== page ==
She definitely has a very specific vision and we’re essentially there to bring it to life.
Was there any room for improvisation on set?
That’s something that comes up a lot, the question of improv with this film. When you see us for the first time, the camera’s just following us around, you know? It was much more thought out than it looks, I think. There was a lot of ‘Let’s see what you guys want to do and see how this works with the camera rolling’ sort of thing. There were big rehearsal periods before every shot, so it was all very planned out.
It seems deceptively simple, but one of my favorite scenes in the film is where you’re walking across this beautiful landscape—the scene with the rock in your boot.
The backdrop looks outer space, doesn’t it? It’s crazy!
It looks otherworldly, for sure. Even something like that was scripted?
Oh yeah. We did many takes of that.
Where did Julia find Bidzina [Gujabidze]? He’s incredible.
I know she was looking for Georgian actors, but then she found this non-professional actor who was perfect for the role. He didn’t want to participate at first, but his kids basically taunted him until he said, ‘Yes.’ [Laughs]
What sort of roles are you personally attracted to, generally speaking?
I’m really attracted to character roles. I’ve played such different characters throughout my career. My career was obviously more Israeli-based until now and I’ve had the immense luck of working with the best directors that I could ever imagine working with. The way that I’d like to see my career unfold is, I would love to be able to—as I feel as a person having two homes, Israel and America—have a profession in both countries so I can live in both places. I just want to continue playing really different characters. I love physical things, using my body in different ways, using my voice in different ways and all that kind of stuff. Now I’m working on my music as well, which I hope will go somewhere. I’m a singer-songwriter.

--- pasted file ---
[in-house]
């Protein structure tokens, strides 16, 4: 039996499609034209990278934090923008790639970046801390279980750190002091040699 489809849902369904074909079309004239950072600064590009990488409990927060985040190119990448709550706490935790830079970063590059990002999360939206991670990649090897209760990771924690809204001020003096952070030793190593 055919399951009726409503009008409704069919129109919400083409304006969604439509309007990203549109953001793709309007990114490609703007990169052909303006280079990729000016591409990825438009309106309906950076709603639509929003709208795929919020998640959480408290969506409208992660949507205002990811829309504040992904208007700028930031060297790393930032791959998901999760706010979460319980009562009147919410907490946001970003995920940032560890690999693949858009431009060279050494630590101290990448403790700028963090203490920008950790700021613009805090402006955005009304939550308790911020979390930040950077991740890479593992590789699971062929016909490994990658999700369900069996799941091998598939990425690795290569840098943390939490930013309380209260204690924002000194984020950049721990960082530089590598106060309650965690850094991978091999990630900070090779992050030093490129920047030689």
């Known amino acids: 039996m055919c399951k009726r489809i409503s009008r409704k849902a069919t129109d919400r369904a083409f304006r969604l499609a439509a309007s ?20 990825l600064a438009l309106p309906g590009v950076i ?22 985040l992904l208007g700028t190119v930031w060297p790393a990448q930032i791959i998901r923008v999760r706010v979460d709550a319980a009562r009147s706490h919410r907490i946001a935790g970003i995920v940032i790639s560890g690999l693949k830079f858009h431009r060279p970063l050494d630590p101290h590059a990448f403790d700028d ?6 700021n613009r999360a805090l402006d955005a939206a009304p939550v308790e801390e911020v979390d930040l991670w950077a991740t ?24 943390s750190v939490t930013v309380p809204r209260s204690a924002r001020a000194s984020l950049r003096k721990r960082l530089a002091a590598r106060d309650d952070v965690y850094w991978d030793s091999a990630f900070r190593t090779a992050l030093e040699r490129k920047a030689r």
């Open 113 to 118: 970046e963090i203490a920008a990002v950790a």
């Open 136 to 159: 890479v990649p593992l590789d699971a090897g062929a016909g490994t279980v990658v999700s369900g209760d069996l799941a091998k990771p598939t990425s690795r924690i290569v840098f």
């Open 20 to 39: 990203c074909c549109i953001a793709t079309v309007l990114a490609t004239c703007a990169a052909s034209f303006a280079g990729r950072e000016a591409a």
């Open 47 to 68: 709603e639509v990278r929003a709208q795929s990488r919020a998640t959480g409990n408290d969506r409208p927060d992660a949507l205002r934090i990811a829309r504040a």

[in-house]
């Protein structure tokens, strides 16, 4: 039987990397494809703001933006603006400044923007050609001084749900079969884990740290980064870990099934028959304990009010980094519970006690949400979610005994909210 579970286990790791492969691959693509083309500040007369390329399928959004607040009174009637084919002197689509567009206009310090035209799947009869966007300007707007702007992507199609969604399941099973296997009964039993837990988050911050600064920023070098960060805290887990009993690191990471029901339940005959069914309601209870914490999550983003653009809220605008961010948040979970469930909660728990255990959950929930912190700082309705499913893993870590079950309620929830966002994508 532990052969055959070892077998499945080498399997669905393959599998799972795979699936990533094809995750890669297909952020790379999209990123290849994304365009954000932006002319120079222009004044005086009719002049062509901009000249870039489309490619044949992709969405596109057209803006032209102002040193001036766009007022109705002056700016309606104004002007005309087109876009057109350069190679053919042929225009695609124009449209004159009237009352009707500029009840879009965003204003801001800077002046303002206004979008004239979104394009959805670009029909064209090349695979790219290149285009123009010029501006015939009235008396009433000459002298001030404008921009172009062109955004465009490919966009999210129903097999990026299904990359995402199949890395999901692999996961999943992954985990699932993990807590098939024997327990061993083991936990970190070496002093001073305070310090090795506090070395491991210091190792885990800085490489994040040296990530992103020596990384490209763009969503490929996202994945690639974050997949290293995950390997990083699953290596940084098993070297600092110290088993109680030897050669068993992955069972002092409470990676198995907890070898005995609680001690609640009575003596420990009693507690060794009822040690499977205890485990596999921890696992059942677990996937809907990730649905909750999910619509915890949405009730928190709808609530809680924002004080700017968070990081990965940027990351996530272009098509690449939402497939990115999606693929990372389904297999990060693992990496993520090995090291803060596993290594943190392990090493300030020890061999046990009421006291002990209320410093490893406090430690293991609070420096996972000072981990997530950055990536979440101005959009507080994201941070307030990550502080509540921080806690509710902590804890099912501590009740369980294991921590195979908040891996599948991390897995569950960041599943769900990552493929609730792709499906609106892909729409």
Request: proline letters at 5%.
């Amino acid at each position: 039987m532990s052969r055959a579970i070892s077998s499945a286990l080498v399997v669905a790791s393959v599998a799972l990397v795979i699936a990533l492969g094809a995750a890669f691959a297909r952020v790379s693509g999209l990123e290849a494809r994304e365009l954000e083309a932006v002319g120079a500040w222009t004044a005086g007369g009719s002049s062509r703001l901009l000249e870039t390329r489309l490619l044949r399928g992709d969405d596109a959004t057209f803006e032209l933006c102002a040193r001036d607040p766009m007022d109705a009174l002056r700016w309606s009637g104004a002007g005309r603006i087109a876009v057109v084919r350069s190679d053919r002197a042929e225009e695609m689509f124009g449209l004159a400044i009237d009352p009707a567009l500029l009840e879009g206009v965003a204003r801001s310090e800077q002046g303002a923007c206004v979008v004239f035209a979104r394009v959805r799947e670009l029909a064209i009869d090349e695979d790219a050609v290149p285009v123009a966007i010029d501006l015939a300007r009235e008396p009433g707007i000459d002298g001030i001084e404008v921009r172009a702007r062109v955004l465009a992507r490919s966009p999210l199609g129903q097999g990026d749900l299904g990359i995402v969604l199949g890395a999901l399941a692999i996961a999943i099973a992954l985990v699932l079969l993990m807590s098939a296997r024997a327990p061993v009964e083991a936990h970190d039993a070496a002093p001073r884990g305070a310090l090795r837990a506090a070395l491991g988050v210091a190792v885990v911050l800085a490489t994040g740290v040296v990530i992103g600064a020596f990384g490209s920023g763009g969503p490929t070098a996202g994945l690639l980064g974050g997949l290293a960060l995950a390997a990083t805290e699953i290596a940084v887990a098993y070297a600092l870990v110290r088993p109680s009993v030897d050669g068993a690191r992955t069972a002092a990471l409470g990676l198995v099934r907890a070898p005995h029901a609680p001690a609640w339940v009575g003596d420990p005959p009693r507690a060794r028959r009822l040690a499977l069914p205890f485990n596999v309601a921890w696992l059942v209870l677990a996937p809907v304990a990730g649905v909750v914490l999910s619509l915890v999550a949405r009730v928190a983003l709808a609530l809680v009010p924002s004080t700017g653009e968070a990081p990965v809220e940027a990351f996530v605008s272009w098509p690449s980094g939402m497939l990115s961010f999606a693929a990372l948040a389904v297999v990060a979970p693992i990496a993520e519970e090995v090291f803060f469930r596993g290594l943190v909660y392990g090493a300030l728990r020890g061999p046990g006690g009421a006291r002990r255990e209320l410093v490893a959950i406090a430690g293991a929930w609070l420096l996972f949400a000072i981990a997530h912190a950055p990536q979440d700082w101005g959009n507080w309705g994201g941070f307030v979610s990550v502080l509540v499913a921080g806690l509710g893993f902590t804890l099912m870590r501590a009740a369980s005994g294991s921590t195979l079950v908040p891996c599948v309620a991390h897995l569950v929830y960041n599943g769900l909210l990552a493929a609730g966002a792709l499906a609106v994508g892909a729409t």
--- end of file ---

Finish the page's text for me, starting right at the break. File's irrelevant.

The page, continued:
What kind of music do you make?
I never know how to answer that question! [Laughs] Art is really hard thing to put into categories. My music is written on the piano. I can tell you who influences me—Fiona Apple, Joni Mitchell and Carole King.
How did the acting bug get you?
My mother’s an actress and a singer, and my dad used to be a producer. I always wanted to be a singer and that was my thing. When I was ten, I joined the church choir and my parents would attend mass every Sunday to see me sing. Then I auditioned for LaGuardia Arts High School and got accepted into their vocal and drama program. I signed up for vocal but, at the last minute, my dad convinced me into going into drama. So I went into acting and fell in love with it. That’s where my path led me. It’s the past two years, I guess, where I’ve been going back to music.
You should do a musical.
I love musicals! Since I’ve been checking out Broadway shows since I was little. It was amazing to see actors as this instrument that uses every part of themselves— moving, singing and acting so amazingly. It still amazes me and sends chills down my spine when I see things like that. I’m waiting to see The Book of Mormon and hope the tickets will get cheaper—maybe? [Laughs]
This is something I ask actors quite often. What is it like to see yourself onscreen? What are you normally thinking about during the screenings?
It’s always a weird experience. It’s still hard for me to see it as a film. I’ve only seen it twice, and I’ll see it again at the New York Film Festival. It’s hard for me to see it as a whole, to feel the tension of the film because it’s so cut up in my mind. I was so involved in it, obviously. It always takes some time to actually see it.
The whole movie hinges on a single incident that changes the dynamic between Nica and Alex. What’s your take on that pivotal scene?
It’s a big problem. [Laughs] I can’t really tell you. I want to reveal things, but I feel like they’re going to ruin the surprise. Let’s just leave it at that.